Marcel Duchamps proclamation For Arp, art is Arp serves as the title for one of the most comprehensive retrospectives on Hans Arp ever undertaken. The Arp Museum
Bahnof Rolandseck is showing the exhibition Art is Arp with over 100 drawings, collages, sculptures, and reliefs as well as ca. 80 texts, photographs, and documents through June 14, 2009. The show, which impressively highlights the most important development processes of Arps world of forms and thoughts, has been organized in cooperation with the Musée dArt moderne et contemporain in Strasbourg and presents extraordinary loans from international museums, institutions, and private collections, among these being the Kunstmuseum Basel, the Centre Pompidou in Paris, and the National Gallery in Washington, D.C.
Hans (Jean) Arp, who was born in Strasbourg in 1886, is considered one of the most famous artists of the 20th century avant-garde. He was co-founder of the Zurich Dada movement, but in his extremely individual work he joined things together which would otherwise seem impossible to join: Dadaism and Surrealism, Surrealism and Constructivism. By turning away from traditional artistic techniques and towards forming things like nature he invented a new language of forms, in which the lively oval takes a central position as an original form as well as an expression of growth and metamorphosis.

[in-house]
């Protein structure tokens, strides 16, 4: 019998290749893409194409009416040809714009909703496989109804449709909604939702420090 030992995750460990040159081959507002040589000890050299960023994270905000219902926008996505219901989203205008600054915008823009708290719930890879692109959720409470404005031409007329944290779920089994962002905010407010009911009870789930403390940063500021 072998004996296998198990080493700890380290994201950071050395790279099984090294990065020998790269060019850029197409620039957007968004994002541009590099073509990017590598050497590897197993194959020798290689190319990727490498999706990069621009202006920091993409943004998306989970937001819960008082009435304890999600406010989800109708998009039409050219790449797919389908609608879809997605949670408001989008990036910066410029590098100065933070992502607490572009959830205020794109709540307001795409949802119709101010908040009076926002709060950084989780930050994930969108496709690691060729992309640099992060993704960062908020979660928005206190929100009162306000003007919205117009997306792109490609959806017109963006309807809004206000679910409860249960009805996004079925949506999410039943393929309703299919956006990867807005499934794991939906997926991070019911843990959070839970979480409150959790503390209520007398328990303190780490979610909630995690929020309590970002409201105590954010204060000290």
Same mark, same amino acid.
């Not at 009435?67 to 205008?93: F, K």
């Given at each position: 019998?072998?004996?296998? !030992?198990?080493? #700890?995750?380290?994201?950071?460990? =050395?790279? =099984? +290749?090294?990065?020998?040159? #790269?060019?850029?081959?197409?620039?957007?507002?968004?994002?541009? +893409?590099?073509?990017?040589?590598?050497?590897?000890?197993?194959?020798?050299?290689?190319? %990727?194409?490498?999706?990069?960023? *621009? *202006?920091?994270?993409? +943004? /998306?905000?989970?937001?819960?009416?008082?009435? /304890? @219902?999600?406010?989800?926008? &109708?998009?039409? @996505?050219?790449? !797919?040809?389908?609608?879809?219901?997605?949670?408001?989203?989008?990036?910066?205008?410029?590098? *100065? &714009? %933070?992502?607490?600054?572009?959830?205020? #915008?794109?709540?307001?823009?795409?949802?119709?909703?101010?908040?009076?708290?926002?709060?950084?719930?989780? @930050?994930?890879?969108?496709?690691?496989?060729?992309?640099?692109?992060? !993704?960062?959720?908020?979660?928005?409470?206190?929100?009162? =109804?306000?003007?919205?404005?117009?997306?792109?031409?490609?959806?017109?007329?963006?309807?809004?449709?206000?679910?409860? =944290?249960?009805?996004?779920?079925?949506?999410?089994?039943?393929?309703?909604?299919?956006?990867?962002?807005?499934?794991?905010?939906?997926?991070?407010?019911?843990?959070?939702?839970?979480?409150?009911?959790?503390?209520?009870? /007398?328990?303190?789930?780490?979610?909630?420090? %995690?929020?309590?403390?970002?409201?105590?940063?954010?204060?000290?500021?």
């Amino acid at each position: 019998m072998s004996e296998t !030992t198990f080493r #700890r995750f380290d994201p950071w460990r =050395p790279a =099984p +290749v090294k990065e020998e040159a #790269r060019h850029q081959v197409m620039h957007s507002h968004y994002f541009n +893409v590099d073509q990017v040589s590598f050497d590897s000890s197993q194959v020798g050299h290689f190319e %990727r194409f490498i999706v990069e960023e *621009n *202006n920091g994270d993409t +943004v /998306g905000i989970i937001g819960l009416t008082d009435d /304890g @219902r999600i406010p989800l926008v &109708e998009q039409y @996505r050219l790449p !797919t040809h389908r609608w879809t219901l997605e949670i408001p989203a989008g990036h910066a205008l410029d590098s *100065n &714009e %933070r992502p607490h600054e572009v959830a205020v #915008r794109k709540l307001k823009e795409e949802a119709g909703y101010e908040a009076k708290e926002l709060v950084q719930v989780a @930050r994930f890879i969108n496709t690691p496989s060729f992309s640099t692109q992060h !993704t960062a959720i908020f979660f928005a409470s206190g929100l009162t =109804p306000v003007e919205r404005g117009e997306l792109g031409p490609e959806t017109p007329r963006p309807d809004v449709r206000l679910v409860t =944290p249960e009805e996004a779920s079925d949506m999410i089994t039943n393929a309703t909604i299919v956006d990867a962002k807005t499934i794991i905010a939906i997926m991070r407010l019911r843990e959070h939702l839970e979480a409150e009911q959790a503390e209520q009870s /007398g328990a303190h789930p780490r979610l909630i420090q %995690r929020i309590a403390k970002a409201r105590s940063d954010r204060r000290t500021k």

One major emphasis of the exhibition is the works, for which the laws of chance, the process itself, and automatism emerge as the most important creative principles of the artist. He poses fundamental questions concerning the authorship of the artist. This approach culminates in cooperative works, which Arp undertook together with other artists such as Max Ernst, Sonia Delaunay, and Alberto Magnelli, but especially those he created with his wife Sophie Taeuber-Arp. With her and Theo van Doesburg Arp made the Strasbourg Aubette into an amusement complex according to an American model. As one of the first avant-gardist works conceptualized as a Gesamtkunstwerk, this project exemplified the idea of the constant expansion of painting and architecture.
In addition, this exhibition places Arps high-quality literary work in an exciting relationship to his pictorial work. In addition to many texts, it will be possible to listen to tape recordings of his poetry, which make clear how he surpassed all conventional rules of language.
The exhibition is supplemented with an attractive accompanying program with tours by museum curators, a sculpture course, as well as a demonstration in bronze-casting by Rhineland-Palatinate artist Hans-Bernhard Olleck. It will end with a reading by poet Hans Thill on the concluding day of the exhibition, 14 June 2009.